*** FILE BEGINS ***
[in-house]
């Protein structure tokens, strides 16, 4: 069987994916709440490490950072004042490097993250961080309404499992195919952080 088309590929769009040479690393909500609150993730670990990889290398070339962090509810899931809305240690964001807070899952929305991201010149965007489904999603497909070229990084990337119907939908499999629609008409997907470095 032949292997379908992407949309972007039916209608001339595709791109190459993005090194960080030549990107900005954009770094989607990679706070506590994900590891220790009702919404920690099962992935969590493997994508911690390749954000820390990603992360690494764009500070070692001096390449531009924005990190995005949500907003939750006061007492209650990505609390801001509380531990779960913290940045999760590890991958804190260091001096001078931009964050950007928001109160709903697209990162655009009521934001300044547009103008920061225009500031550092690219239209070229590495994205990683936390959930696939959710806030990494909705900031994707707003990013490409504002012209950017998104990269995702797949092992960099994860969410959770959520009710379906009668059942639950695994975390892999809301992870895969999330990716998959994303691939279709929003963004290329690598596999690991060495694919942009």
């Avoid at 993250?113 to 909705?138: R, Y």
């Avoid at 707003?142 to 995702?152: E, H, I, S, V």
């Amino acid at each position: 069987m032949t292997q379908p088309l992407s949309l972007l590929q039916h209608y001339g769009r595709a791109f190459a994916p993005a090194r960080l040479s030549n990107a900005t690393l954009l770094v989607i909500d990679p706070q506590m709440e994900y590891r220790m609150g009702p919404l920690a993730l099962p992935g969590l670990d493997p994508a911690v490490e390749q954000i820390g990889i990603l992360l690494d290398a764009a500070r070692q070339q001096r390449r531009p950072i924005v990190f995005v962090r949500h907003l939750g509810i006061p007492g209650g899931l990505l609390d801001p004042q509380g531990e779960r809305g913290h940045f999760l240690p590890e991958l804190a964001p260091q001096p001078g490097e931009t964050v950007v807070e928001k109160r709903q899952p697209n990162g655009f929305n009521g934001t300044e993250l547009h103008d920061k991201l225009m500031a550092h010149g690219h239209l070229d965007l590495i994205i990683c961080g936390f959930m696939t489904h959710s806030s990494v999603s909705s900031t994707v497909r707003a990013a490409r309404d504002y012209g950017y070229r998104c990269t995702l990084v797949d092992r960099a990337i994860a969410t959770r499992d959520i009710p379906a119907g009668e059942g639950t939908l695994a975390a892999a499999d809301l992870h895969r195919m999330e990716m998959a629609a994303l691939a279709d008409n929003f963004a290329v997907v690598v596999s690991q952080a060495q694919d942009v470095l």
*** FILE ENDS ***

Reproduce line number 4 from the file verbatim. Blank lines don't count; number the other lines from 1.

């Avoid at 707003?142 to 995702?152: E, H, I, S, V």